Consider this possibility: you develop abdominal pain and a headache. The pain is severe enough that it prompts you to visit your primary care clinician. She diagnoses you with severe hypertension and knows there are drugs that can help you. She recognizes that she has to treat you; however, there is no information on the right dose of these drugs for this disease or their safety or efficacy in people like you. Suddenly, she remembers an article she read in medical school about doses used to treat hypertension in nonhuman primates. She shares all of this information with you. You think, “This sounds crazy,” but since you feel profoundly ill, you decide to accept her recommendation. She starts with the nonhuman primate dose, applies a so-called human correction factor, and gives you the prescription. (She also crosses her fingers behind her back—you do not notice.) You pray.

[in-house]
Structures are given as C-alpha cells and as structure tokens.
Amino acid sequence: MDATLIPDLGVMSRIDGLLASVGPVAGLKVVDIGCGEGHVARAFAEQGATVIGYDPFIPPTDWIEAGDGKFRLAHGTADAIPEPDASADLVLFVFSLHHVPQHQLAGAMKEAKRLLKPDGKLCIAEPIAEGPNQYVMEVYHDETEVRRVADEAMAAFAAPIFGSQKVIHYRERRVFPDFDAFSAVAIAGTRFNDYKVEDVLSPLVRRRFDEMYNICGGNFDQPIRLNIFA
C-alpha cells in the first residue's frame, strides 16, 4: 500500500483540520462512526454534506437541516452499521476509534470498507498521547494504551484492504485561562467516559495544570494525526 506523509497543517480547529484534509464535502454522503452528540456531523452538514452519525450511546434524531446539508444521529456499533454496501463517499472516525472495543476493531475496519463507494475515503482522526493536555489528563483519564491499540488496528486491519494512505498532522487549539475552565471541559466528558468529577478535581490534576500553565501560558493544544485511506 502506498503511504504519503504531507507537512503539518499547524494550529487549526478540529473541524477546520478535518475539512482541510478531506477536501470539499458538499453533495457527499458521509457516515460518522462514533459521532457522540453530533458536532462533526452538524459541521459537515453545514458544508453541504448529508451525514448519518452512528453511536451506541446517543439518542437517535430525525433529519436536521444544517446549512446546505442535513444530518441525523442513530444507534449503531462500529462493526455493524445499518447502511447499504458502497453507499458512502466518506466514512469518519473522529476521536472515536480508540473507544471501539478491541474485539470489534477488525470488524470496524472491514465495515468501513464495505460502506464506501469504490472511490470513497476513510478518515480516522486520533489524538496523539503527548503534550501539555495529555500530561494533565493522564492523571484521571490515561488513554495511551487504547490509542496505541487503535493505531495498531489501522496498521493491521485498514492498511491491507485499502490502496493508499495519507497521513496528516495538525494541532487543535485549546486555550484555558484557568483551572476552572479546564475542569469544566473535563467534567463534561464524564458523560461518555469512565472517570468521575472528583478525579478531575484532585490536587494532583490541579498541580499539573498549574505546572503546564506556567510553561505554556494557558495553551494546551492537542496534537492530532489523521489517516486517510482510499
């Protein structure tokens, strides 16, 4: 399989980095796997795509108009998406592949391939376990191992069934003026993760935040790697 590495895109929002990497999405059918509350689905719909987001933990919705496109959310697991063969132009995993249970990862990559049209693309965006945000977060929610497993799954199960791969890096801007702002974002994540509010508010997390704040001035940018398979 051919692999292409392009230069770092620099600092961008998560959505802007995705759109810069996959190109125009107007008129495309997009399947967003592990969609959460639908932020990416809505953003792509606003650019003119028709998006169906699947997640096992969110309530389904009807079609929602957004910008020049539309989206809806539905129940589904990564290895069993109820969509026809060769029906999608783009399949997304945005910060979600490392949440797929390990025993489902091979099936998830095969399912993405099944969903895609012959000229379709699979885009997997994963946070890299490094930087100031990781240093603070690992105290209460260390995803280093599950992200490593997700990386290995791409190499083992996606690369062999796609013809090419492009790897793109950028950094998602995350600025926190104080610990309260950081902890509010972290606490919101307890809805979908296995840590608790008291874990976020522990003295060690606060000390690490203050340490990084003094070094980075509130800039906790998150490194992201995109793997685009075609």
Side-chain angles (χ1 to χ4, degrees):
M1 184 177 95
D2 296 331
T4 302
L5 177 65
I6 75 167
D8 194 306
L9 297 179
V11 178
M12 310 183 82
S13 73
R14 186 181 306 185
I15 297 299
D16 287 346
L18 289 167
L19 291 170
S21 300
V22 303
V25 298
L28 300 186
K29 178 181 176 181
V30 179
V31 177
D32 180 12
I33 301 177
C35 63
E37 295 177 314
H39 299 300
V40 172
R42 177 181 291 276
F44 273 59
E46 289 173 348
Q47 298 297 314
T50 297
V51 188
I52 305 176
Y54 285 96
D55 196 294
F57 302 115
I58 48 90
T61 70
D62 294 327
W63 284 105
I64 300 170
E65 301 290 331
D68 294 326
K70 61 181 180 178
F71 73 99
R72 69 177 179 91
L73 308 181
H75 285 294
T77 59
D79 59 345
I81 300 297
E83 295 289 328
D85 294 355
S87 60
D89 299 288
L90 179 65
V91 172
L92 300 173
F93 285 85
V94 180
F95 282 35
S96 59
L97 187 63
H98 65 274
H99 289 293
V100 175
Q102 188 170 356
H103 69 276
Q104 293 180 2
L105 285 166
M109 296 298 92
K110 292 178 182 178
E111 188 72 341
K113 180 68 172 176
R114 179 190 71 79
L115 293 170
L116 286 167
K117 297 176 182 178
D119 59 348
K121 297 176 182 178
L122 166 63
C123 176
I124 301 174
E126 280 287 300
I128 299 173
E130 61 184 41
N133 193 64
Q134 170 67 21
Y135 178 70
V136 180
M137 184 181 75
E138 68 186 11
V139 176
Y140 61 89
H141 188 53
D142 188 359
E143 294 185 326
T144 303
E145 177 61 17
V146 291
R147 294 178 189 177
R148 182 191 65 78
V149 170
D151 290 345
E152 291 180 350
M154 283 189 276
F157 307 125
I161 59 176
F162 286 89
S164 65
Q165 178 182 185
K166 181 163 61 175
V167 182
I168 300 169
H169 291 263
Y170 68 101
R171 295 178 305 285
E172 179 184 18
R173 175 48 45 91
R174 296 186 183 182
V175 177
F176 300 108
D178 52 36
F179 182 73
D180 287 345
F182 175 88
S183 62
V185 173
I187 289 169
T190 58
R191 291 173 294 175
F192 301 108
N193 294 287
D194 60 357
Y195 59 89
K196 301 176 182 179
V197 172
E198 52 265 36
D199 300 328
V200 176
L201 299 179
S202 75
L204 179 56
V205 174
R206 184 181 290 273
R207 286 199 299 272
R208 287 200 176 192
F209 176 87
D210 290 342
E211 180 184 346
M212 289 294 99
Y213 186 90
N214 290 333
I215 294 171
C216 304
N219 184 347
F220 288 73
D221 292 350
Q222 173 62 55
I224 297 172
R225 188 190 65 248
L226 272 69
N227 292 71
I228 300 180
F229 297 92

Cohen-Wolkowiez M, Benjamin DK. Development of Therapeutics for Children—A Tricky Balancing Act. JAMA Pediatr. 2019;173(1):18–19. doi:10.1001/jamapediatrics.2018.4026
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